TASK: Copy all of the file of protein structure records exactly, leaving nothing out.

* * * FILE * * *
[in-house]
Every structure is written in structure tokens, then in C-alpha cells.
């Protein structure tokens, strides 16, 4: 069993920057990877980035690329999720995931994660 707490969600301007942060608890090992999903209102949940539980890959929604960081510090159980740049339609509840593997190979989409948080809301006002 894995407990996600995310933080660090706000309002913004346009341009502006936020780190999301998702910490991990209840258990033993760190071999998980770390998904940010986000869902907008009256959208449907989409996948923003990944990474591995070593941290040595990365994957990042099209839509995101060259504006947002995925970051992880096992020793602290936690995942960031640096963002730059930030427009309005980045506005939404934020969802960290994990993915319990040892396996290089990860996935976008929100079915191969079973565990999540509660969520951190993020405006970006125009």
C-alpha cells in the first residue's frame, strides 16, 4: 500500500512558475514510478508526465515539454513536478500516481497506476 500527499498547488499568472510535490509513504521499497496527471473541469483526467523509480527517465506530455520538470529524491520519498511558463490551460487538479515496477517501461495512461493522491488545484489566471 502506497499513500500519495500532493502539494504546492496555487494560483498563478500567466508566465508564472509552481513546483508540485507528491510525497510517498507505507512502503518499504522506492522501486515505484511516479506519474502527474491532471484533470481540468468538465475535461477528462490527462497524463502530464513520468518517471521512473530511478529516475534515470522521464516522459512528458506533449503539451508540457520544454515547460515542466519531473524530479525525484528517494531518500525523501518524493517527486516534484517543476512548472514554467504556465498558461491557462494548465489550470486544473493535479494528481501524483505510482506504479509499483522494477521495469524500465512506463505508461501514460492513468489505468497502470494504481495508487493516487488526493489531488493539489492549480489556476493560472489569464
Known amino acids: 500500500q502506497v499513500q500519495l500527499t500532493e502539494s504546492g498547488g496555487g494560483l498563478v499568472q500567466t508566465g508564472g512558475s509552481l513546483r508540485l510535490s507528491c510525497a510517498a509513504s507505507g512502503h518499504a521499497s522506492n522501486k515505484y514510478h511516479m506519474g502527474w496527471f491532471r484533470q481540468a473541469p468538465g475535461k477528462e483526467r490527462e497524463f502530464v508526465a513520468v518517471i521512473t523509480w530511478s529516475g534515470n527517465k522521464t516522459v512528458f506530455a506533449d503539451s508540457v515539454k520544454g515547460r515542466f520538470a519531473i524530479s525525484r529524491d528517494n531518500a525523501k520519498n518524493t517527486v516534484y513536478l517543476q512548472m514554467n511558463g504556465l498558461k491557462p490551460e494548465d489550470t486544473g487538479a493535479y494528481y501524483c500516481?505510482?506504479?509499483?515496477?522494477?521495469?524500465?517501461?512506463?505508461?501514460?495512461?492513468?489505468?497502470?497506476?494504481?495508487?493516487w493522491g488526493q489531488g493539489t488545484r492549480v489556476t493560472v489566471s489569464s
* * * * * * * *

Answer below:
[in-house]
Every structure is written in structure tokens, then in C-alpha cells.
């Protein structure tokens, strides 16, 4: 069993920057990877980035690329999720995931994660 707490969600301007942060608890090992999903209102949940539980890959929604960081510090159980740049339609509840593997190979989409948080809301006002 894995407990996600995310933080660090706000309002913004346009341009502006936020780190999301998702910490991990209840258990033993760190071999998980770390998904940010986000869902907008009256959208449907989409996948923003990944990474591995070593941290040595990365994957990042099209839509995101060259504006947002995925970051992880096992020793602290936690995942960031640096963002730059930030427009309005980045506005939404934020969802960290994990993915319990040892396996290089990860996935976008929100079915191969079973565990999540509660969520951190993020405006970006125009």
C-alpha cells in the first residue's frame, strides 16, 4: 500500500512558475514510478508526465515539454513536478500516481497506476 500527499498547488499568472510535490509513504521499497496527471473541469483526467523509480527517465506530455520538470529524491520519498511558463490551460487538479515496477517501461495512461493522491488545484489566471 502506497499513500500519495500532493502539494504546492496555487494560483498563478500567466508566465508564472509552481513546483508540485507528491510525497510517498507505507512502503518499504522506492522501486515505484511516479506519474502527474491532471484533470481540468468538465475535461477528462490527462497524463502530464513520468518517471521512473530511478529516475534515470522521464516522459512528458506533449503539451508540457520544454515547460515542466519531473524530479525525484528517494531518500525523501518524493517527486516534484517543476512548472514554467504556465498558461491557462494548465489550470486544473493535479494528481501524483505510482506504479509499483522494477521495469524500465512506463505508461501514460492513468489505468497502470494504481495508487493516487488526493489531488493539489492549480489556476493560472489569464
Known amino acids: 500500500q502506497v499513500q500519495l500527499t500532493e502539494s504546492g498547488g496555487g494560483l498563478v499568472q500567466t508566465g508564472g512558475s509552481l513546483r508540485l510535490s507528491c510525497a510517498a509513504s507505507g512502503h518499504a521499497s522506492n522501486k515505484y514510478h511516479m506519474g502527474w496527471f491532471r484533470q481540468a473541469p468538465g475535461k477528462e483526467r490527462e497524463f502530464v508526465a513520468v518517471i521512473t523509480w530511478s529516475g534515470n527517465k522521464t516522459v512528458f506530455a506533449d503539451s508540457v515539454k520544454g515547460r515542466f520538470a519531473i524530479s525525484r529524491d528517494n531518500a525523501k520519498n518524493t517527486v516534484y513536478l517543476q512548472m514554467n511558463g504556465l498558461k491557462p490551460e494548465d489550470t486544473g487538479a493535479y494528481y501524483c500516481?505510482?506504479?509499483?515496477?522494477?521495469?524500465?517501461?512506463?505508461?501514460?495512461?492513468?489505468?497502470?497506476?494504481?495508487?493516487w493522491g488526493q489531488g493539489t488545484r492549480v489556476t493560472v489566471s489569464s